There are places to discover Aboriginal history
Many Aboriginal people in Perth suffered the same tragic and traumatic fate as Indigenous populations in other areas of the country. While it certainly doesn’t lessen the atrocities that happened, the city is taking steps to tribute to the Aboriginal past and its culture, and Aboriginal society can be learnt about in various places around Perth.
The Nyoongar people called the area around Perth home and spots such as Perth’s famous Kings Park and Yanchep National Park detail Aboriginal culture in the area.
I’ll be writing a more detailed post about this in the future, but I think it’s every visitor to Australia’s duty to learn about the Aboriginal past of the country. What happened to millions of men, women and children at the hands of European settlers is sickening and devastating.
I think if you’re travelling to Australia, you need to be aware of what happened and how you can be respectful to this Indigenous population (for example, don’t celebrate Australia day on its current date and treat spiritual sites such as Uluru as you would a church or temple).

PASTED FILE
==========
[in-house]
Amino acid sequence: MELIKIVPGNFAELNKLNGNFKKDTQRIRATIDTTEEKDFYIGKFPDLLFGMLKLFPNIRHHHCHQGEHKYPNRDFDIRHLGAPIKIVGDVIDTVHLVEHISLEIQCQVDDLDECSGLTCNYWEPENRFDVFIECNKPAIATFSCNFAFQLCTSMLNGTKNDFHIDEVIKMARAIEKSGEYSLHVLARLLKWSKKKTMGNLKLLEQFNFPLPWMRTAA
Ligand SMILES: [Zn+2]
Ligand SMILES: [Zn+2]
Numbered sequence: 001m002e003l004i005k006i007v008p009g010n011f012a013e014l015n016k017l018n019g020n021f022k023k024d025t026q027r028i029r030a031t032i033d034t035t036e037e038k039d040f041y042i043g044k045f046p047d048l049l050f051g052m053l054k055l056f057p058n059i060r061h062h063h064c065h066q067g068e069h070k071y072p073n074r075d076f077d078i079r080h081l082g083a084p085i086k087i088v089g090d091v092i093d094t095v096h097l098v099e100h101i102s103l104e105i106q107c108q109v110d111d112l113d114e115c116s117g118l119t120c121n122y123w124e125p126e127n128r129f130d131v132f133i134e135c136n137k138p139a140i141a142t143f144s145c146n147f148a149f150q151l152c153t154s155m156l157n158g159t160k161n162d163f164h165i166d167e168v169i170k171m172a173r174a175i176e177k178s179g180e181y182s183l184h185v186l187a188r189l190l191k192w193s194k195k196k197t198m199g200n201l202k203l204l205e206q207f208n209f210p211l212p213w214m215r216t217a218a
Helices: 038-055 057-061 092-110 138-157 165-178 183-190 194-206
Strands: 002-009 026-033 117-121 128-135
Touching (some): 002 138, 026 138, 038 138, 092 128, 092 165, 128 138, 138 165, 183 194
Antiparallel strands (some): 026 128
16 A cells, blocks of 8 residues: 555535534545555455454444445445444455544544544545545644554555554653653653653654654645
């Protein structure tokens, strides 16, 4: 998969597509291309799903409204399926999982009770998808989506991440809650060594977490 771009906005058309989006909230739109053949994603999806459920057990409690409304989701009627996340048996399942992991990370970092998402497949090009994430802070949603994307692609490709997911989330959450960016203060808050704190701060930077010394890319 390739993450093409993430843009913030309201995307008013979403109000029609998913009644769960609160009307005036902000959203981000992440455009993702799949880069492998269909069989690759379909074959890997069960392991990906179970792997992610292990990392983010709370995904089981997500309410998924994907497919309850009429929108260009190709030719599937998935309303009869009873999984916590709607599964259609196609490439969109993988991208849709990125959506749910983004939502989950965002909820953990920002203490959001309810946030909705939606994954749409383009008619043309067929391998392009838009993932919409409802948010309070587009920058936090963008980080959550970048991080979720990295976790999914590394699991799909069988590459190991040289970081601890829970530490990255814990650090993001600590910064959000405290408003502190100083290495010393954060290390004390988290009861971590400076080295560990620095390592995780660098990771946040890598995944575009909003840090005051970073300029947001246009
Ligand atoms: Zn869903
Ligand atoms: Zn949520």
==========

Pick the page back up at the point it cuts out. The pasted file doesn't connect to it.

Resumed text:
I found many more opportunities to learn about the local Aboriginal people in Perth when compared to other Australian cities.
Perth is the next biggest thing
Seriously, Perth’s up and coming. In recent years, heaps of quirky vintage shops, edgy cafes, multicultural restaurants and intriguing events have all popped up. And it’s all nestled into a petite city centre – if you’re living in Perth you’re going to love the amazing things to do there!
There’s a strong community feel of both locals and expats living in Perth
But even though Perth is up and coming, there’s no taking away its strong sense of community. Known by the locals as ‘Australia’s biggest town’, Perth is full of local businesses, community start-ups and social enterprises.